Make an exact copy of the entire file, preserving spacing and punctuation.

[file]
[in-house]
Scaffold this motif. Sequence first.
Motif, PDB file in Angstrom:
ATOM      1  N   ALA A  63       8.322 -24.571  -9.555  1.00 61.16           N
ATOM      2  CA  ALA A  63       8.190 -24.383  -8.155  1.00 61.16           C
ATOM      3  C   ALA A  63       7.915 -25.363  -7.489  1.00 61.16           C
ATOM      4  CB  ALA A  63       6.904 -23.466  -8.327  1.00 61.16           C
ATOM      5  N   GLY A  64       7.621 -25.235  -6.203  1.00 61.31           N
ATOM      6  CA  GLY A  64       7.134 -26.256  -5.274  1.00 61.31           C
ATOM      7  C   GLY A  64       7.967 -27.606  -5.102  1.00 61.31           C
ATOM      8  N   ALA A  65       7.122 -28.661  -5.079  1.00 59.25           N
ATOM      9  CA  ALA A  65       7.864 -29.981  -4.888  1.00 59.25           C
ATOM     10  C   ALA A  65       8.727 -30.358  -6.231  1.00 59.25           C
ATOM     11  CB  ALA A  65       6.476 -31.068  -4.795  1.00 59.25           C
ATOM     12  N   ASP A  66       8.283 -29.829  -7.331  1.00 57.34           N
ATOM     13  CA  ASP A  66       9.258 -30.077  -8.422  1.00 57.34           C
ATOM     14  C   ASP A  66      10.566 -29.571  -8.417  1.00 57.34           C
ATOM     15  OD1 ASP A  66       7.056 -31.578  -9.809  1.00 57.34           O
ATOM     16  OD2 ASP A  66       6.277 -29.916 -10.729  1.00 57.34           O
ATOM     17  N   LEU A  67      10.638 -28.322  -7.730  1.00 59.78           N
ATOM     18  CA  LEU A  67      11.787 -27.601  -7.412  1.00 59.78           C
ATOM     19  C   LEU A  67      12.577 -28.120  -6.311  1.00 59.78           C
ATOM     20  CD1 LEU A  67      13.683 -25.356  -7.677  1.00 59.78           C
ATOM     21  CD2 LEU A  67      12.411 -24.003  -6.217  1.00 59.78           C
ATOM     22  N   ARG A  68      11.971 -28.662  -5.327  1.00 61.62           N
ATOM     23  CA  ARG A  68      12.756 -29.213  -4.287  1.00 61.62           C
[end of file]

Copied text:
[in-house]
Scaffold this motif. Sequence first.
Motif, PDB file in Angstrom:
ATOM      1  N   ALA A  63       8.322 -24.571  -9.555  1.00 61.16           N
ATOM      2  CA  ALA A  63       8.190 -24.383  -8.155  1.00 61.16           C
ATOM      3  C   ALA A  63       7.915 -25.363  -7.489  1.00 61.16           C
ATOM      4  CB  ALA A  63       6.904 -23.466  -8.327  1.00 61.16           C
ATOM      5  N   GLY A  64       7.621 -25.235  -6.203  1.00 61.31           N
ATOM      6  CA  GLY A  64       7.134 -26.256  -5.274  1.00 61.31           C
ATOM      7  C   GLY A  64       7.967 -27.606  -5.102  1.00 61.31           C
ATOM      8  N   ALA A  65       7.122 -28.661  -5.079  1.00 59.25           N
ATOM      9  CA  ALA A  65       7.864 -29.981  -4.888  1.00 59.25           C
ATOM     10  C   ALA A  65       8.727 -30.358  -6.231  1.00 59.25           C
ATOM     11  CB  ALA A  65       6.476 -31.068  -4.795  1.00 59.25           C
ATOM     12  N   ASP A  66       8.283 -29.829  -7.331  1.00 57.34           N
ATOM     13  CA  ASP A  66       9.258 -30.077  -8.422  1.00 57.34           C
ATOM     14  C   ASP A  66      10.566 -29.571  -8.417  1.00 57.34           C
ATOM     15  OD1 ASP A  66       7.056 -31.578  -9.809  1.00 57.34           O
ATOM     16  OD2 ASP A  66       6.277 -29.916 -10.729  1.00 57.34           O
ATOM     17  N   LEU A  67      10.638 -28.322  -7.730  1.00 59.78           N
ATOM     18  CA  LEU A  67      11.787 -27.601  -7.412  1.00 59.78           C
ATOM     19  C   LEU A  67      12.577 -28.120  -6.311  1.00 59.78           C
ATOM     20  CD1 LEU A  67      13.683 -25.356  -7.677  1.00 59.78           C
ATOM     21  CD2 LEU A  67      12.411 -24.003  -6.217  1.00 59.78           C
ATOM     22  N   ARG A  68      11.971 -28.662  -5.327  1.00 61.62           N
ATOM     23  CA  ARG A  68      12.756 -29.213  -4.287  1.00 61.62           C